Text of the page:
“It means a lot,” Johnson said earlier this month about Woodson backing him. “I mean, when I first came in he (Woodson) told me he had my back, and that was just the case scenario today, that he really had to have my back. That’s the only person that I need to believe in me because he’s my coach.”
About a month ago, Johnson’s family came out to visit him. Recently, his father Michael came to visit him again. Johnson’s family is a big motivation. Johnson wants to set a standard for his younger brother Lathan, who also plays basketball. Both of his parents are Air Force Veterans. His mother La’Kesha used to drive four hours roundtrip every day, dropping Johnson at Bishop O’Connell High School in Arlington, Virginia, on her way to and from work so her son could pursue a future in basketball. Michael worked extra jobs while still on active duty, waking up around 3-4 a.m. to deliver newspapers, then sleeping in the parking lot of the Air Force Base before starting work there.
“I just knew I was in a slump, and I knew I was going to come out of it,” Johnson said Wednesday. “And I was going to keep playing and keep getting better. I know when my dad came up here, my family came up here, I needed that.”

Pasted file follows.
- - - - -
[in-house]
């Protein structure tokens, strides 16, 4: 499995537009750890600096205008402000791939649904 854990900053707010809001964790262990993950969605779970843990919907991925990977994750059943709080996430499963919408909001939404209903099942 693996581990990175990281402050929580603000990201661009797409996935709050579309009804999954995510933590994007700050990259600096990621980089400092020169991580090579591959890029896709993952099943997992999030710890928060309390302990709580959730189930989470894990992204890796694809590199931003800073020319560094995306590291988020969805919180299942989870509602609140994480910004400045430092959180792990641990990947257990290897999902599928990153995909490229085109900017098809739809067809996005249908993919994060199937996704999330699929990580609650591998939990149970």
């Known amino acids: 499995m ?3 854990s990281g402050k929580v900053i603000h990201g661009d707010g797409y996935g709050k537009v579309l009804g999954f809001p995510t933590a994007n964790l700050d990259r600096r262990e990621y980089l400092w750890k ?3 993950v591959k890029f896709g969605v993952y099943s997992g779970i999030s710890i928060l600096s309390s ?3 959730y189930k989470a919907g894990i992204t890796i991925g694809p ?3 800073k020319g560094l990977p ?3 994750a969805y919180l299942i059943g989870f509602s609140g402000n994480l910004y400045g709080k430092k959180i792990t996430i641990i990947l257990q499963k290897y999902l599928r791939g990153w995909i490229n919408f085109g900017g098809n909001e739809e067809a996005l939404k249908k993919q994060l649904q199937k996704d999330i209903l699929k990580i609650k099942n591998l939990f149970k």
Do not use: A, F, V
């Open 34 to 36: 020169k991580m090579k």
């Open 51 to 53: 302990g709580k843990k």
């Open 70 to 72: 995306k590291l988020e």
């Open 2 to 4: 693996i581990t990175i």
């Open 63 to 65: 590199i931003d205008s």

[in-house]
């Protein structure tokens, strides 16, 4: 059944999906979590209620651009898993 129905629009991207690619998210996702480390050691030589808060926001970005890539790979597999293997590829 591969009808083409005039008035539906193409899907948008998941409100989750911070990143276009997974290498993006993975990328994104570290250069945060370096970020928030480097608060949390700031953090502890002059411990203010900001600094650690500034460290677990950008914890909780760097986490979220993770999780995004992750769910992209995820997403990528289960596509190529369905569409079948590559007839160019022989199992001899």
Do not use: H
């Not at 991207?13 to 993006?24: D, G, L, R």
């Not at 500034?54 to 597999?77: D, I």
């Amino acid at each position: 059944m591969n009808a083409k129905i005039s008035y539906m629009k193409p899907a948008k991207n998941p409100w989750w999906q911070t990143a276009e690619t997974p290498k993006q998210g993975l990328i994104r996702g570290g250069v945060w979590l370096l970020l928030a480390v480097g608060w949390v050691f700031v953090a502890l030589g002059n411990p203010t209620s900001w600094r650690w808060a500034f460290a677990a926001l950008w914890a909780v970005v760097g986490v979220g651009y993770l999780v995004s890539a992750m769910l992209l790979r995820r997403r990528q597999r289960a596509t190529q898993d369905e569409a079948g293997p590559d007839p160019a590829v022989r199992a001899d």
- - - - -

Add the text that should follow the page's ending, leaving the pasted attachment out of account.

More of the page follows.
Over the last three games, Johnson is averaging 17 points, 4.7 rebounds, 4.7 assists while committing just 1.7 turnovers per game. He played a stellar game of 18 points and zero turnovers in Indiana’s rivalry win over Purdue. He followed it up with a 14-point, six-rebound, six-assist outing against Michigan.
Johnson also worked on the mental side of the game, which, he said, includes watching film. It allows him to see his body language. Recently, the improvement has been evident. Over the last three games, Johnson has picked up a total of only four fouls. Woodson also demands a lot out of his point guards, pushing them to be able to run the team. Johnson has been just that. On Wednesday, he was played with poise on both sides of the floor and frequently got Indiana’s offense in order as he brought the ball up the court.
“He really helps set the pace of the game, and then again, it starts for him on defense,” Race Thompson said. “I know if I see X playing defense and he is getting a steal, I know he is going down to finish or dish to somebody. Really he is just getting everybody involved, making everybody feel good.”
Indiana hasn’t had a dominant point guard that can truly dictate the pace of the game since Yogi Ferrell. Over the last few seasons, Indiana has suffered because of that. Johnson isn’t the exact same type of player as Ferrell, but his significance in raising Indiana’s potential is similar if he’s able to continue to play at this level on a consistent basis.
“We’re just going to keep getting better,” Johnson said, “and I’m going to keep playing with my teammates and keep believing in them because I know they believe in me.”